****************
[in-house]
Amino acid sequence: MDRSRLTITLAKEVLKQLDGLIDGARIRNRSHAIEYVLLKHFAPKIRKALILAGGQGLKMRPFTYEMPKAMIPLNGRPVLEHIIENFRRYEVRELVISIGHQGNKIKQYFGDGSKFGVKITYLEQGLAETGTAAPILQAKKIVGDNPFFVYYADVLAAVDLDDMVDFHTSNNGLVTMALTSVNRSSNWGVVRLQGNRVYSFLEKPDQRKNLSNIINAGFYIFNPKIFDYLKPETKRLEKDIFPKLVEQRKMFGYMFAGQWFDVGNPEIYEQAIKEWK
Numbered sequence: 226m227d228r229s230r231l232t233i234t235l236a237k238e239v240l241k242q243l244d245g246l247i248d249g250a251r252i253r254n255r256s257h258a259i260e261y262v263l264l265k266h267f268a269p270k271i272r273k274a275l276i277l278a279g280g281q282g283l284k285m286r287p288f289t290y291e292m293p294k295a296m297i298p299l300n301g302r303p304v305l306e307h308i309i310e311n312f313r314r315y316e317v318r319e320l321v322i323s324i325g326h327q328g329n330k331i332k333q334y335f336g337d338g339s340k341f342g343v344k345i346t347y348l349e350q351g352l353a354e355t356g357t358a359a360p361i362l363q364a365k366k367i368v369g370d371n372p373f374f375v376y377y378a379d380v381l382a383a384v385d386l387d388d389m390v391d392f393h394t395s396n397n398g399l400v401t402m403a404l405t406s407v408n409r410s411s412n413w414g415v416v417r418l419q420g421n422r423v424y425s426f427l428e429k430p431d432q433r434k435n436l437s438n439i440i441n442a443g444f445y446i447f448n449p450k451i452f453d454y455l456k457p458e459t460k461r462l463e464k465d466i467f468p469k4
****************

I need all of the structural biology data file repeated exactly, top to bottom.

[in-house]
Amino acid sequence: MDRSRLTITLAKEVLKQLDGLIDGARIRNRSHAIEYVLLKHFAPKIRKALILAGGQGLKMRPFTYEMPKAMIPLNGRPVLEHIIENFRRYEVRELVISIGHQGNKIKQYFGDGSKFGVKITYLEQGLAETGTAAPILQAKKIVGDNPFFVYYADVLAAVDLDDMVDFHTSNNGLVTMALTSVNRSSNWGVVRLQGNRVYSFLEKPDQRKNLSNIINAGFYIFNPKIFDYLKPETKRLEKDIFPKLVEQRKMFGYMFAGQWFDVGNPEIYEQAIKEWK
Numbered sequence: 226m227d228r229s230r231l232t233i234t235l236a237k238e239v240l241k242q243l244d245g246l247i248d249g250a251r252i253r254n255r256s257h258a259i260e261y262v263l264l265k266h267f268a269p270k271i272r273k274a275l276i277l278a279g280g281q282g283l284k285m286r287p288f289t290y291e292m293p294k295a296m297i298p299l300n301g302r303p304v305l306e307h308i309i310e311n312f313r314r315y316e317v318r319e320l321v322i323s324i325g326h327q328g329n330k331i332k333q334y335f336g337d338g339s340k341f342g343v344k345i346t347y348l349e350q351g352l353a354e355t356g357t358a359a360p361i362l363q364a365k366k367i368v369g370d371n372p373f374f375v376y377y378a379d380v381l382a383a384v385d386l387d388d389m390v391d392f393h394t395s396n397n398g399l400v401t402m403a404l405t406s407v408n409r410s411s412n413w414g415v416v417r418l419q420g421n422r423v424y425s426f427l428e429k430p431d432q433r434k435n436l437s438n439i440i441n442a443g444f445y446i447f448n449p450k451i452f453d454y455l456k457p458e459t460k461r462l463e464k465d466i467f468p469k4